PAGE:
BGU Helps Preserve Galapagos National Park
April 25, 2013
BEER-SHEVA, Israel, April 25, 2013 — Ben-Gurion University of the Negev’s Jacob Blaustein Institutes for Desert Research (BIDR) signed a cooperation agreement with the Galapagos National Park to aid conservation of the endangered Islands’ biological diversity.
“In spite of excellent management and meticulous policing of ecotourism, a full-blown ecological disaster is unfolding before our eyes, inflicted by the devastating effects of invasive species,” explains Prof. Ariel Novoplansky, of BIDR’s Marco and Louise Mitrani Department of Desert Ecology.
Increased tourism is exposing the Islands’ unique and sensitive biodiversity to destructive invasive species, including feral domestic animals, aggressive weedy plants, various insect pests, and alien marine organisms. These organisms arrive from the mainland and rapidly multiply in the natural ecosystems and abandoned farms, outcompeting the local fauna and flora, and changing entire ecosystems that exist nowhere else in the world.
According to Prof. Novoplansky, “Agriculture and nature conservation are usually considered competing and antagonistic forces, but not so in the Galapagos.”
Novoplansky was part of an Israeli delegation that recently visited the Galapagos for meetings and field excursions with managers, rangers, policy-makers, farmers, and conservation experts. This led to a cooperation agreement to determine the best approach to minimize the detrimental effects of invasive species to the biodiversity, natural habitats and agricultural areas of the archipelago.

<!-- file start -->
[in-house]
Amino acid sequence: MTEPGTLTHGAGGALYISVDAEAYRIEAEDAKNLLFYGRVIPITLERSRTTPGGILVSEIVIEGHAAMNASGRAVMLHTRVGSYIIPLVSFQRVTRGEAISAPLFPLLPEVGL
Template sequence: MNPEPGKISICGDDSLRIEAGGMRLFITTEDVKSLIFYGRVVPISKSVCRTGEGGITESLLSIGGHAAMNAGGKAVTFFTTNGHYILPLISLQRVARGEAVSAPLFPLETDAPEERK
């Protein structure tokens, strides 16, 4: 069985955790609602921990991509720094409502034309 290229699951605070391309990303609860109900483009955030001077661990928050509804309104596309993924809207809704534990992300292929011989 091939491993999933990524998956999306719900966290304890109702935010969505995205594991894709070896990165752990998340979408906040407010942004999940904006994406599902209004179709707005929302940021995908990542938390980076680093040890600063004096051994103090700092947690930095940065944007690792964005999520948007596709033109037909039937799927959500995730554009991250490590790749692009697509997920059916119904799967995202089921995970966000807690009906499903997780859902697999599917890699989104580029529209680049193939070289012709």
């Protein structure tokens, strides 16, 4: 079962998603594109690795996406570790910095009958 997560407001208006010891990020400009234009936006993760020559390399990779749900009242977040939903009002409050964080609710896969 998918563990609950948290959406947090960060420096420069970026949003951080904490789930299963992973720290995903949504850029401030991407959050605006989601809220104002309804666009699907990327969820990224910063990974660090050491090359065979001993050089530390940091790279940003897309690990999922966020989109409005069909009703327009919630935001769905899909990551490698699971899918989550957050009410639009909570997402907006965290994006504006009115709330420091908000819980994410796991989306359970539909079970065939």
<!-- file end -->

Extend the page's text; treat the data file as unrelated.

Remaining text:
“The project is based on a new premise, whereby agricultural development is not necessarily used as a tool for increasing food production, fighting poverty and improving the standard of living,” says Novoplansky. “In fragile places like the Galapagos, sensible conservation strategies may take advantage of carefully crafted agricultural practices that combat and prevent the destructive effects of invasive species, the fate of which we are all so anxious about.”
A joint Ecuadorian-Israeli team will pursue novel nature management strategies that will help rehabilitate natural ecosystems. Researchers will develop agricultural methodologies and water technologies to increase local agricultural production and reduce the island’s dependency on fresh produce imported from the mainland.
The Ecuadorian Ministry of Environment and the Directorate of the Galapagos National Park invited the delegation. In addition to Prof. Novoplansky, the Israeli team consists of Prof. Noam Weisbrod of BGU’s Zuckerberg Institute for Water Research; Prof. Uriel Safriel, who heads BIDR’s Center of International Conventions; Dr. Alon Ben-Gal, a desert agriculture expert from the Volcani Center of the Israeli Ministry of Agriculture; and Prof. Aliza Fleischer, an agricultural economist from The Hebrew University of Jerusalem.
The remote Galapagos Islands, re-discovered by Charles Darwin, are rare ‘natural laboratories’, where the special ecological conditions and extreme isolation create unique and stunningly beautiful biological diversity. It was Darwin’s visits to the Galapagos — 1,000 kilometers off the west coast of South America — that helped him formulate some of the central principles of his Theory of Evolution.
Since Ecuador annexed the Galapagos 180 years ago and only started to settle it less than 100 years ago, its rare natural treasures have been mostly preserved until very recently. In spite of more than 50 years of dedicated management and conservation by the authorities of the Galapagos National Park, the conservation policies are no longer sufficient.
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